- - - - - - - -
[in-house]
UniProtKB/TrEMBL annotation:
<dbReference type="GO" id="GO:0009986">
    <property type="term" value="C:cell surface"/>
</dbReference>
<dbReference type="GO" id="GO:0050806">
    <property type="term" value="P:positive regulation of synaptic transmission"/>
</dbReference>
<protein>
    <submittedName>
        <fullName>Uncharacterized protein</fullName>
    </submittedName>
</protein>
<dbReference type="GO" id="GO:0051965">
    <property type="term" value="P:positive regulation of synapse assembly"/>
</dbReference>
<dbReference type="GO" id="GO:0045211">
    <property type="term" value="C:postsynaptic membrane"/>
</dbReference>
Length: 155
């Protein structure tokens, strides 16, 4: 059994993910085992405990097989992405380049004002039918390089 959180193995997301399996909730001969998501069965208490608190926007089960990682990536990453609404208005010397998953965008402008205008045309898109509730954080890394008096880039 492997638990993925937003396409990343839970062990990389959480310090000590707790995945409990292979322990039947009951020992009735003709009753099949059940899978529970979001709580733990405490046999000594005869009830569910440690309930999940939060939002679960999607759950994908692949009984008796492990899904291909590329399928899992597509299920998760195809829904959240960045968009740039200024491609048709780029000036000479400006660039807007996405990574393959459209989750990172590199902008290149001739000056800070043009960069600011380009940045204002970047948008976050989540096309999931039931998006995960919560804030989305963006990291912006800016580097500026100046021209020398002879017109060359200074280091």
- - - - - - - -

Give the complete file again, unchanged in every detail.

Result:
[in-house]
UniProtKB/TrEMBL annotation:
<dbReference type="GO" id="GO:0009986">
    <property type="term" value="C:cell surface"/>
</dbReference>
<dbReference type="GO" id="GO:0050806">
    <property type="term" value="P:positive regulation of synaptic transmission"/>
</dbReference>
<protein>
    <submittedName>
        <fullName>Uncharacterized protein</fullName>
    </submittedName>
</protein>
<dbReference type="GO" id="GO:0051965">
    <property type="term" value="P:positive regulation of synapse assembly"/>
</dbReference>
<dbReference type="GO" id="GO:0045211">
    <property type="term" value="C:postsynaptic membrane"/>
</dbReference>
Length: 155
């Protein structure tokens, strides 16, 4: 059994993910085992405990097989992405380049004002039918390089 959180193995997301399996909730001969998501069965208490608190926007089960990682990536990453609404208005010397998953965008402008205008045309898109509730954080890394008096880039 492997638990993925937003396409990343839970062990990389959480310090000590707790995945409990292979322990039947009951020992009735003709009753099949059940899978529970979001709580733990405490046999000594005869009830569910440690309930999940939060939002679960999607759950994908692949009984008796492990899904291909590329399928899992597509299920998760195809829904959240960045968009740039200024491609048709780029000036000479400006660039807007996405990574393959459209989750990172590199902008290149001739000056800070043009960069600011380009940045204002970047948008976050989540096309999931039931998006995960919560804030989305963006990291912006800016580097500026100046021209020398002879017109060359200074280091």